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Tenement Museum’s 97 Orchard St. in “Desperate Need of Care,” Fundraising Campaign Launched (Updated)

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97 orchard

Here’s a plea that arrived in the “in boxes” of Tenement Museum supporters yesterday. It was signed by Morris Vogel,  the Lower East Side organization’s president.

The Lower East Side Tenement Museum at 97 Orchard Street is a unique landmark. It was never home to the wealthy or celebrated. Built to house the immigrant poor, it was not built to last. Home to more than 7,000 people over 60 years and now visited by 215,000 per year, the building is in desperate need of care. We need your help to preserve it. Floors rest only on the perimeter walls; they need reinforcement to help bear the load of foot traffic. Exterior walls are weatherworn and need repointing. Front-facing brownstone lintels and rear bluestone lintels need replacement and repair. The heart of our building, a single wooden staircase, needs stabilization. Paint and wallpaper – put up by our tenants decades ago – need conservation. Help us ensure that our building continues to testify to the stories of the thousands of immigrants who lived within its walls, and to the millions of new Americans like them. Please make a gift today.

In 2014, the museum announced a multi- million dollar expansion into the upper floors of 103 Orchard St., where its visitor center is located. Construction of that project was anticipated next year.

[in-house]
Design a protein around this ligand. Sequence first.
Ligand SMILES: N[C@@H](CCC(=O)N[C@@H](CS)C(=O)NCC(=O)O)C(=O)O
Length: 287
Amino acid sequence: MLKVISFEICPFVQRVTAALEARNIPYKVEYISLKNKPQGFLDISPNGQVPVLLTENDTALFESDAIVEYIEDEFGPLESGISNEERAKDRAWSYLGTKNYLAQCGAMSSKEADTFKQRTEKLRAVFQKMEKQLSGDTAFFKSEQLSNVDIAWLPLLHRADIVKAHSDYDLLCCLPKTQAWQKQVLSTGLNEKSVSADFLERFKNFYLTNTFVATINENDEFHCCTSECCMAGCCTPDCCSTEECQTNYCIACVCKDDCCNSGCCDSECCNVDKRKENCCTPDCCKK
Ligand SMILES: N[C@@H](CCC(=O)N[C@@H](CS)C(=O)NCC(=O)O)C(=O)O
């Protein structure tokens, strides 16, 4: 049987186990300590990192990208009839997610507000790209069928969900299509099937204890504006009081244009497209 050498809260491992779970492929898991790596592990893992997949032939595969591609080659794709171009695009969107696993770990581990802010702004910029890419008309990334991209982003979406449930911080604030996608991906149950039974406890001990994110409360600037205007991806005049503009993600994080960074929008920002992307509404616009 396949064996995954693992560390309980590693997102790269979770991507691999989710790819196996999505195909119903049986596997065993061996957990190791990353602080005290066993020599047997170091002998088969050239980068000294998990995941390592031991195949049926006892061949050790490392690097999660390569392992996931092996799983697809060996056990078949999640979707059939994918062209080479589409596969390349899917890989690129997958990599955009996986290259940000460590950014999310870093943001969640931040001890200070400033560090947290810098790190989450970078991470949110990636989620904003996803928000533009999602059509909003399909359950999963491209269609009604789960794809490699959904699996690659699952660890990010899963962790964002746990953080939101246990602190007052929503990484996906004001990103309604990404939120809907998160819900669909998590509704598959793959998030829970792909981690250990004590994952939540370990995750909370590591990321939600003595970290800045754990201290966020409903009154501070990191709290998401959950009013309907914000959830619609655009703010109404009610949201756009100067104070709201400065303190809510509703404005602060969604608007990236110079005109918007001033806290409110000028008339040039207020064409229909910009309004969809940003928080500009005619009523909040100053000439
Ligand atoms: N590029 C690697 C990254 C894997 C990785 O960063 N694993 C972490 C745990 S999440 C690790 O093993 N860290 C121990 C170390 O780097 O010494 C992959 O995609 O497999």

The email from the museum, of course, raises a lot of questions.

Click here if you would like to donate to the 97 Orchard project.

UPDATE 4/27/2015 We asked the tenement Museum for more information about the fundraising appeal. Here’s what we were told by David Eng, vice president of marketing and communications.

As you know, 97 Orchard Street is a very old building that was built in 1863 and not meant to last all this time. As a result, it is always in need of ongoing preservation and strengthening and we are always in need of funding in order to make the necessary repairs and fortifications so that our visitors can continue to visit, see the building and more importantly, hear about the stories of the families who lived in the building and tell the story of American immigration. That said, it is not in danger of falling down. Unlike the landlords of the late 1800s, we have ensured that the building is up to code and safe for the visitors we see every day. The upcoming – previously announced – expansion to take place in 103 Orchard where our Visitor Center and Museum Shop are housed will help the Museum build capacity beyond the current limited number of people who can visit and help us bring the story into present day and tell the full story of American immigration to date. We are in the midst of a capital campaign – still to be completed – to help us complete this expansion.

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